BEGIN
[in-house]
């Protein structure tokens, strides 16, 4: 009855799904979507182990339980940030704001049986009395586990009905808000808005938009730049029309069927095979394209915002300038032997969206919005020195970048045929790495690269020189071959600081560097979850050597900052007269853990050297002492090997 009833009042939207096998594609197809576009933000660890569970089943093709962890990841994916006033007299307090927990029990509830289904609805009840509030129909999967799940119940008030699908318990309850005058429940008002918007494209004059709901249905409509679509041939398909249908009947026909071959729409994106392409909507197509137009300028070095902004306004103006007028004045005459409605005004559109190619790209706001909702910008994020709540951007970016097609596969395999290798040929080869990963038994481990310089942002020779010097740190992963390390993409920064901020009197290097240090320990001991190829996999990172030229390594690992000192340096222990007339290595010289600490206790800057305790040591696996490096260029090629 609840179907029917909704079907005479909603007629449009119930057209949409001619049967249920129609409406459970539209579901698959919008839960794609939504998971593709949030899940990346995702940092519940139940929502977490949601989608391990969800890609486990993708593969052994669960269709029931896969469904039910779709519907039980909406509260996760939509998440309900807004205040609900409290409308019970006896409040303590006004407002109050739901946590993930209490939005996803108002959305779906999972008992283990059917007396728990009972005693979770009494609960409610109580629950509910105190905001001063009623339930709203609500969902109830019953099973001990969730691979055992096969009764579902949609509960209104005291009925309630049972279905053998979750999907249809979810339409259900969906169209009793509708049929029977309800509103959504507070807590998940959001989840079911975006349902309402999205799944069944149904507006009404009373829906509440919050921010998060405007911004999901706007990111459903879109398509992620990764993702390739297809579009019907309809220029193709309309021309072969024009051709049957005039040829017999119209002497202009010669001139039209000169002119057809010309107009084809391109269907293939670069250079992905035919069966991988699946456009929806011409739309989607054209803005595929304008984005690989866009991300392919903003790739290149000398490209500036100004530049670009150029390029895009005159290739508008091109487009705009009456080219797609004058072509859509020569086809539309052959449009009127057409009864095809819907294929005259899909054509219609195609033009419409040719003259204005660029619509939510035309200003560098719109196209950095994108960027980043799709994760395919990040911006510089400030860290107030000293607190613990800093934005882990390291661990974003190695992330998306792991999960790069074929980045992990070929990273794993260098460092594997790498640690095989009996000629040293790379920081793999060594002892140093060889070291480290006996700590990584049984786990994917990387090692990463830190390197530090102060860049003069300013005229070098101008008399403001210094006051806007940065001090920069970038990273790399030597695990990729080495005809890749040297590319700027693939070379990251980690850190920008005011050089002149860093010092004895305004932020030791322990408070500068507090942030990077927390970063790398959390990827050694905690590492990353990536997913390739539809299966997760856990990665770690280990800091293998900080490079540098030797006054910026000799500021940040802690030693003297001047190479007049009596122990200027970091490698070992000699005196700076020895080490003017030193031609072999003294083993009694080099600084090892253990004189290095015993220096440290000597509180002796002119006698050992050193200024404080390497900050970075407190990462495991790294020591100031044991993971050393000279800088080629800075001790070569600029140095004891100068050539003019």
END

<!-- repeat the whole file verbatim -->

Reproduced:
[in-house]
């Protein structure tokens, strides 16, 4: 009855799904979507182990339980940030704001049986009395586990009905808000808005938009730049029309069927095979394209915002300038032997969206919005020195970048045929790495690269020189071959600081560097979850050597900052007269853990050297002492090997 009833009042939207096998594609197809576009933000660890569970089943093709962890990841994916006033007299307090927990029990509830289904609805009840509030129909999967799940119940008030699908318990309850005058429940008002918007494209004059709901249905409509679509041939398909249908009947026909071959729409994106392409909507197509137009300028070095902004306004103006007028004045005459409605005004559109190619790209706001909702910008994020709540951007970016097609596969395999290798040929080869990963038994481990310089942002020779010097740190992963390390993409920064901020009197290097240090320990001991190829996999990172030229390594690992000192340096222990007339290595010289600490206790800057305790040591696996490096260029090629 609840179907029917909704079907005479909603007629449009119930057209949409001619049967249920129609409406459970539209579901698959919008839960794609939504998971593709949030899940990346995702940092519940139940929502977490949601989608391990969800890609486990993708593969052994669960269709029931896969469904039910779709519907039980909406509260996760939509998440309900807004205040609900409290409308019970006896409040303590006004407002109050739901946590993930209490939005996803108002959305779906999972008992283990059917007396728990009972005693979770009494609960409610109580629950509910105190905001001063009623339930709203609500969902109830019953099973001990969730691979055992096969009764579902949609509960209104005291009925309630049972279905053998979750999907249809979810339409259900969906169209009793509708049929029977309800509103959504507070807590998940959001989840079911975006349902309402999205799944069944149904507006009404009373829906509440919050921010998060405007911004999901706007990111459903879109398509992620990764993702390739297809579009019907309809220029193709309309021309072969024009051709049957005039040829017999119209002497202009010669001139039209000169002119057809010309107009084809391109269907293939670069250079992905035919069966991988699946456009929806011409739309989607054209803005595929304008984005690989866009991300392919903003790739290149000398490209500036100004530049670009150029390029895009005159290739508008091109487009705009009456080219797609004058072509859509020569086809539309052959449009009127057409009864095809819907294929005259899909054509219609195609033009419409040719003259204005660029619509939510035309200003560098719109196209950095994108960027980043799709994760395919990040911006510089400030860290107030000293607190613990800093934005882990390291661990974003190695992330998306792991999960790069074929980045992990070929990273794993260098460092594997790498640690095989009996000629040293790379920081793999060594002892140093060889070291480290006996700590990584049984786990994917990387090692990463830190390197530090102060860049003069300013005229070098101008008399403001210094006051806007940065001090920069970038990273790399030597695990990729080495005809890749040297590319700027693939070379990251980690850190920008005011050089002149860093010092004895305004932020030791322990408070500068507090942030990077927390970063790398959390990827050694905690590492990353990536997913390739539809299966997760856990990665770690280990800091293998900080490079540098030797006054910026000799500021940040802690030693003297001047190479007049009596122990200027970091490698070992000699005196700076020895080490003017030193031609072999003294083993009694080099600084090892253990004189290095015993220096440290000597509180002796002119006698050992050193200024404080390497900050970075407190990462495991790294020591100031044991993971050393000279800088080629800075001790070569600029140095004891100068050539003019």